In brief

In brief

  • This report explains why specialized compute and heterogenous hardware will become key to enterprise infrastructure.
  • The "jack of all trades" CPU will be supplemented with purpose-built accelerators like GPUs, ASICs and FPGAs to solve specific business problems.
  • Quantum and bio-inspired computing will take computational power to a new level, enabling enterprises to rethink intractable problems and explore new solutions.
  • The report provides recommendations for enterprises as they prepare to make the jump to a far more heterogeneous computing future.

Move over Moore’s Law

For decades, general computing power has been increasing exponentially. But demand keeps growing. Compute-hungry machine learning algorithms, big data analytics, and mobile and edge devices are just the latest developments to drive up enterprise requirements for computing power.

The problem? General purpose compute just can’t keep increasing performance to meet this growing demand. Moore’s Law—the observation that computing power doubles every two years or so—has held true for years. But the point at which enhancing CPU performance at the same rate becomes simply uneconomical is fast approaching. Some think it might happen as early as 2021.

So what’s next? As CPU architecture hits its limits, enterprises will increasingly turn to specialized infrastructure to meet their needs for more computational power. Enterprise infrastructure is about to get far more varied.


Graphics Processing Units (GPUs) outperform general-purpose CPUs when large blocks of data are processed in parallel.


Application-Specific Integrated Circuits (ASICs) are hard-wired for a particular purpose offering greater speed and power-efficiency.


Field-Programmable Gate Arrays (FPGAs) can be reconfigured after manufacturing, excelling in parallel applications and power-constrained environments.


The emerging field of quantum computing promises to vastly outperform classical computing in certain domains such as simulating quantum systems (including molecules).


Bio-inspired computing draws insights from biological systems to pursue performance gains in fields like perception and multisensory integration.


Harnessing light to perform calculations, optical computers could potentially solve some problems faster than silicon chips could.

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Everything in its right place: Planning for a heterogeneous future

How will enterprises blend general and special-purpose compute in this next-generation heterogeneous infrastructure environment? By understanding the strengths and weaknesses of each processor type–and deploying them where they can add most value:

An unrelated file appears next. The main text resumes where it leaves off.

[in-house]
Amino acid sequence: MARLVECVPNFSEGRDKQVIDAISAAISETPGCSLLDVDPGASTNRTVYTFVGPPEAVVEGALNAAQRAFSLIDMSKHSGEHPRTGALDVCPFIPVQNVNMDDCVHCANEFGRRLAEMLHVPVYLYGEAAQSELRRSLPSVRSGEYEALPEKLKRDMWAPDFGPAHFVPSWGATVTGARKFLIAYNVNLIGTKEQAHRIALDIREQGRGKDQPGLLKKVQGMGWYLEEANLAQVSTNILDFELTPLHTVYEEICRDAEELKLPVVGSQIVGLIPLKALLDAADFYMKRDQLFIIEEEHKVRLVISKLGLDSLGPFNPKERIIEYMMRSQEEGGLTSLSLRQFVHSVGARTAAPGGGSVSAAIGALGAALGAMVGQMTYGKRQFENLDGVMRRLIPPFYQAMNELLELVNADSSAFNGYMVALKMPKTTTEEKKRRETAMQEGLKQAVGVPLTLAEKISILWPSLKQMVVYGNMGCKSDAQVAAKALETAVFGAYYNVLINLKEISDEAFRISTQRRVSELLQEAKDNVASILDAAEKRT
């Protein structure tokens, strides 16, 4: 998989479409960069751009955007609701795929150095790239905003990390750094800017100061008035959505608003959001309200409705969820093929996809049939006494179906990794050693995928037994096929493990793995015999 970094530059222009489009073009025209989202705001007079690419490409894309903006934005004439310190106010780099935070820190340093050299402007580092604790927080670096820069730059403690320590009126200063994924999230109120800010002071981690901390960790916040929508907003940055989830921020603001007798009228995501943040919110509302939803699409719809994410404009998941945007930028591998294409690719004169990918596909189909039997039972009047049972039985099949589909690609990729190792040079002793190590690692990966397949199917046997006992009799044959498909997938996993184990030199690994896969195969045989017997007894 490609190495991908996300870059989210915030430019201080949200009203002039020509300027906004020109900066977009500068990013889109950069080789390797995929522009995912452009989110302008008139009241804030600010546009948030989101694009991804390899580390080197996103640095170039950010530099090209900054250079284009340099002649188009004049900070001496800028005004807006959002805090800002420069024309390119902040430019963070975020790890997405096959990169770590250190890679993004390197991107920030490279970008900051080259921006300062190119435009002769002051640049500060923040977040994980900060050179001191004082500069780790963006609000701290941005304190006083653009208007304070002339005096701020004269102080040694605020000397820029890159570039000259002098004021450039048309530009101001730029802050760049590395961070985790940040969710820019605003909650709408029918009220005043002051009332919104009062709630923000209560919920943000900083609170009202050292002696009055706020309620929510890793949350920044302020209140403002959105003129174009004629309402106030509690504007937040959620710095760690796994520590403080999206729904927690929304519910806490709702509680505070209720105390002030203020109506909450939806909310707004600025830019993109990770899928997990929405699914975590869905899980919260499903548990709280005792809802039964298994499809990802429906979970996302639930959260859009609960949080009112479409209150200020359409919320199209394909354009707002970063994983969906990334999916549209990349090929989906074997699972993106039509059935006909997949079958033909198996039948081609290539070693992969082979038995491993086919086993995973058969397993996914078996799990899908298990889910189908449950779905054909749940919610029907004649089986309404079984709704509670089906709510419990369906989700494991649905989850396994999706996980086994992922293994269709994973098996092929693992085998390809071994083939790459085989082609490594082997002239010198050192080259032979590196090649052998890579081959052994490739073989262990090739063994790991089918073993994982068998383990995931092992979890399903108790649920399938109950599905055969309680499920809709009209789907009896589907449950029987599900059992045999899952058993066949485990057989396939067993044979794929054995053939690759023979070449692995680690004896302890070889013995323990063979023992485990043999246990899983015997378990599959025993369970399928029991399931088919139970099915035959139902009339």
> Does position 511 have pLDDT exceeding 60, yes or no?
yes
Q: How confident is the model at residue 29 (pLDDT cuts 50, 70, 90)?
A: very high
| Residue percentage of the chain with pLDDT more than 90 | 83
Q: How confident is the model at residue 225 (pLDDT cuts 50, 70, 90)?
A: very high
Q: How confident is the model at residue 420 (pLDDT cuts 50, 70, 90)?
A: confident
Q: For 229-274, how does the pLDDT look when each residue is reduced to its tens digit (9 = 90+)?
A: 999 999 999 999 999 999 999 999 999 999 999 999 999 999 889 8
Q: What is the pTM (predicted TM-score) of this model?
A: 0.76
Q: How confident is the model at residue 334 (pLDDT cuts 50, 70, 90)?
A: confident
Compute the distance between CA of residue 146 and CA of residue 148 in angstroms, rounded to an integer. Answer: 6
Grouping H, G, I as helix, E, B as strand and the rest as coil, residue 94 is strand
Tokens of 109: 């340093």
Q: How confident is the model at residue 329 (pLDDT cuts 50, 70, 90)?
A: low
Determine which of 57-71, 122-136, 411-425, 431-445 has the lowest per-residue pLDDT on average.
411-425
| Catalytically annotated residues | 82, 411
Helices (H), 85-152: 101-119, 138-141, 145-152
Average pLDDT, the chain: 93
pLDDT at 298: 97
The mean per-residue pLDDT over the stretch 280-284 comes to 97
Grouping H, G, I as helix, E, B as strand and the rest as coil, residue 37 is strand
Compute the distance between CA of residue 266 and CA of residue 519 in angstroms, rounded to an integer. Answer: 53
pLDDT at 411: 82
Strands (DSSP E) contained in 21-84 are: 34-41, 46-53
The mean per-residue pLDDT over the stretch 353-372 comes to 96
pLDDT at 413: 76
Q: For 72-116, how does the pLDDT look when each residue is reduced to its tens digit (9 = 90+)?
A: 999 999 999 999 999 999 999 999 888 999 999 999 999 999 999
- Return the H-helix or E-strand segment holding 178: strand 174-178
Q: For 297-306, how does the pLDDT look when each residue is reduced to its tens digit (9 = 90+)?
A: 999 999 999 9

• CPUs for innovation. The low cost, flexibility, and accessibility of CPUs will ensure they remain a foundation of enterprise architectures for years to come, making them the best choice for core computing requirements and early-stage enterprise innovation.
  • Accelerators for optimization. As concepts, devices, and methods are refined and improved, optimization becomes more important than flexibility. This is where purpose-built accelerators like GPUs, ASICs and FPGAs become key, trading flexibility to focus on optimizing specific problems, from throughput to latency to power consumption.
  • Emerging compute for revolution. Emerging accelerators like quantum and bio-inspired computing will fundamentally change computation, enabling enterprises to solve previously intractable problems such as truly in-silico drug design or real-time adaptive logistic routing.
The key is to understand the strengths and weaknesses of specialized hardware options, ensuring each processor type is applied to the task it’s best suited to.

Making the jump to computational variety

It’s time to prepare for the coming era of heterogenous computing infrastructure. Here are some recommendations to guide enterprises’ thinking as they plan for the addition of ever more specialized hardware:

  1. Revisit existing algorithms. Enterprises should be reassessing existing assumptions about the speed and memory cost of communicating with specialized hardware and should be looking to rethink siloed processing decisions that under-utilize accelerators.
  2. Accelerate frictionless computation. Early movers should identify specific enterprise problems which could benefit from using accelerators, creating reusable application-specific implementations or leveraging accelerator services provided by vendors.
  3. Architect for difference. It’s now time to be thinking about the unique requirements of heterogeneous computation when creating or refreshing architectures, including co-locating data-intensive workloads with infrastructure where necessary.
  4. Redefine the edge. Data-rich and real-time workloads will often also need to be located closer to the data—that is on devices at the network edge. That means a heterogeneous architecture that can operate with low latencies and low power will be key.

Time to embrace heterogeneity

In recent years, the homogeneity, commoditization, and cost-effectiveness offered by virtual machines and cloud computing have enabled enterprises to solve problems once thought too expensive to address, helping established companies evolve and grow and sparking a host of new digital native organizations.

Now the infrastructure landscape is changing once again. A more heterogeneous computing infrastructure will offer enterprises the opportunity to find revolutionary solutions to some of their most computationally challenging problems.

It’s time to embrace the heterogeneous future and start planning now. There are challenges and obstacles to overcome. But the early movers have an opportunity to capture an outsized share of the business innovation, optimization and even revolution on offer.

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